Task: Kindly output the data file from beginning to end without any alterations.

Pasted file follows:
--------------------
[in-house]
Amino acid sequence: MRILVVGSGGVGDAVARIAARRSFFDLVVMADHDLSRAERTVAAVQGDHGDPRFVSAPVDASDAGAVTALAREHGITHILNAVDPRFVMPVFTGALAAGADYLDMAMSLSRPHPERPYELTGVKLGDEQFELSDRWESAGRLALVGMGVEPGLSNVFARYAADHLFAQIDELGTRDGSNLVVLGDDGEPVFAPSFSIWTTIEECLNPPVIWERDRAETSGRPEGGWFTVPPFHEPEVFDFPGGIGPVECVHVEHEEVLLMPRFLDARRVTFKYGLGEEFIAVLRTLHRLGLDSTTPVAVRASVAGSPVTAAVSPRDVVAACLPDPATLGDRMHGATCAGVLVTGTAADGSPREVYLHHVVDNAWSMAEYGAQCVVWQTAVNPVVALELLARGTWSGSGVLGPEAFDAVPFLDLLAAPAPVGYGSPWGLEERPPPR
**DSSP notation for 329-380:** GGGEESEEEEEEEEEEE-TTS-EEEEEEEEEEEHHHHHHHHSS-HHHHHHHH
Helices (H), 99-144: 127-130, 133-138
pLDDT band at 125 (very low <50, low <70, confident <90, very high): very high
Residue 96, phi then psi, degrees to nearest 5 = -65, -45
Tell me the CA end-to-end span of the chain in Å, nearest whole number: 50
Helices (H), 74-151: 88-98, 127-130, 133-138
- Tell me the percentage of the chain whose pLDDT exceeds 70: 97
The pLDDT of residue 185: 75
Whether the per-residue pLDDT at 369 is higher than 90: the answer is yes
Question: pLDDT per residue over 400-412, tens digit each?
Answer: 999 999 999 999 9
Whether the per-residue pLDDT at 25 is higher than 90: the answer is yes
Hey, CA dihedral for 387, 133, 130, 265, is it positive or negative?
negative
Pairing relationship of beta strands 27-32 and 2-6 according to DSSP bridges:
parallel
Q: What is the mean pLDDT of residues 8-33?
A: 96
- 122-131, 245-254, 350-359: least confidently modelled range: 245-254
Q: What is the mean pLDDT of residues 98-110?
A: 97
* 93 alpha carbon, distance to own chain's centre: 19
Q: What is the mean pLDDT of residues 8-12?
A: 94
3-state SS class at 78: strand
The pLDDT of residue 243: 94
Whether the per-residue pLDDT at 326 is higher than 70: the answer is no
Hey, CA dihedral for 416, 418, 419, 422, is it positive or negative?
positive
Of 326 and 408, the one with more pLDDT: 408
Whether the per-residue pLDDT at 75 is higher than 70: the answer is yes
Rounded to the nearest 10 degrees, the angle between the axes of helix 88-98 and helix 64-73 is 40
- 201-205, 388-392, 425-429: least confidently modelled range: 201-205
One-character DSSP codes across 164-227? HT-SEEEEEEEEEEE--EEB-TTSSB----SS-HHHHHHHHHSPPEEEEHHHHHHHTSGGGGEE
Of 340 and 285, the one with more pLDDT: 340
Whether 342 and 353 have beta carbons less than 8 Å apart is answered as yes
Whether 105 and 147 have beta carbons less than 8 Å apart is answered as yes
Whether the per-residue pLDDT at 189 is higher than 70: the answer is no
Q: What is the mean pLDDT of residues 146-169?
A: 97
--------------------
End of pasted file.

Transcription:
[in-house]
Amino acid sequence: MRILVVGSGGVGDAVARIAARRSFFDLVVMADHDLSRAERTVAAVQGDHGDPRFVSAPVDASDAGAVTALAREHGITHILNAVDPRFVMPVFTGALAAGADYLDMAMSLSRPHPERPYELTGVKLGDEQFELSDRWESAGRLALVGMGVEPGLSNVFARYAADHLFAQIDELGTRDGSNLVVLGDDGEPVFAPSFSIWTTIEECLNPPVIWERDRAETSGRPEGGWFTVPPFHEPEVFDFPGGIGPVECVHVEHEEVLLMPRFLDARRVTFKYGLGEEFIAVLRTLHRLGLDSTTPVAVRASVAGSPVTAAVSPRDVVAACLPDPATLGDRMHGATCAGVLVTGTAADGSPREVYLHHVVDNAWSMAEYGAQCVVWQTAVNPVVALELLARGTWSGSGVLGPEAFDAVPFLDLLAAPAPVGYGSPWGLEERPPPR
**DSSP notation for 329-380:** GGGEESEEEEEEEEEEE-TTS-EEEEEEEEEEEHHHHHHHHSS-HHHHHHHH
Helices (H), 99-144: 127-130, 133-138
pLDDT band at 125 (very low <50, low <70, confident <90, very high): very high
Residue 96, phi then psi, degrees to nearest 5 = -65, -45
Tell me the CA end-to-end span of the chain in Å, nearest whole number: 50
Helices (H), 74-151: 88-98, 127-130, 133-138
- Tell me the percentage of the chain whose pLDDT exceeds 70: 97
The pLDDT of residue 185: 75
Whether the per-residue pLDDT at 369 is higher than 90: the answer is yes
Question: pLDDT per residue over 400-412, tens digit each?
Answer: 999 999 999 999 9
Whether the per-residue pLDDT at 25 is higher than 90: the answer is yes
Hey, CA dihedral for 387, 133, 130, 265, is it positive or negative?
negative
Pairing relationship of beta strands 27-32 and 2-6 according to DSSP bridges:
parallel
Q: What is the mean pLDDT of residues 8-33?
A: 96
- 122-131, 245-254, 350-359: least confidently modelled range: 245-254
Q: What is the mean pLDDT of residues 98-110?
A: 97
* 93 alpha carbon, distance to own chain's centre: 19
Q: What is the mean pLDDT of residues 8-12?
A: 94
3-state SS class at 78: strand
The pLDDT of residue 243: 94
Whether the per-residue pLDDT at 326 is higher than 70: the answer is no
Hey, CA dihedral for 416, 418, 419, 422, is it positive or negative?
positive
Of 326 and 408, the one with more pLDDT: 408
Whether the per-residue pLDDT at 75 is higher than 70: the answer is yes
Rounded to the nearest 10 degrees, the angle between the axes of helix 88-98 and helix 64-73 is 40
- 201-205, 388-392, 425-429: least confidently modelled range: 201-205
One-character DSSP codes across 164-227? HT-SEEEEEEEEEEE--EEB-TTSSB----SS-HHHHHHHHHSPPEEEEHHHHHHHTSGGGGEE
Of 340 and 285, the one with more pLDDT: 340
Whether 342 and 353 have beta carbons less than 8 Å apart is answered as yes
Whether 105 and 147 have beta carbons less than 8 Å apart is answered as yes
Whether the per-residue pLDDT at 189 is higher than 70: the answer is no
Q: What is the mean pLDDT of residues 146-169?
A: 97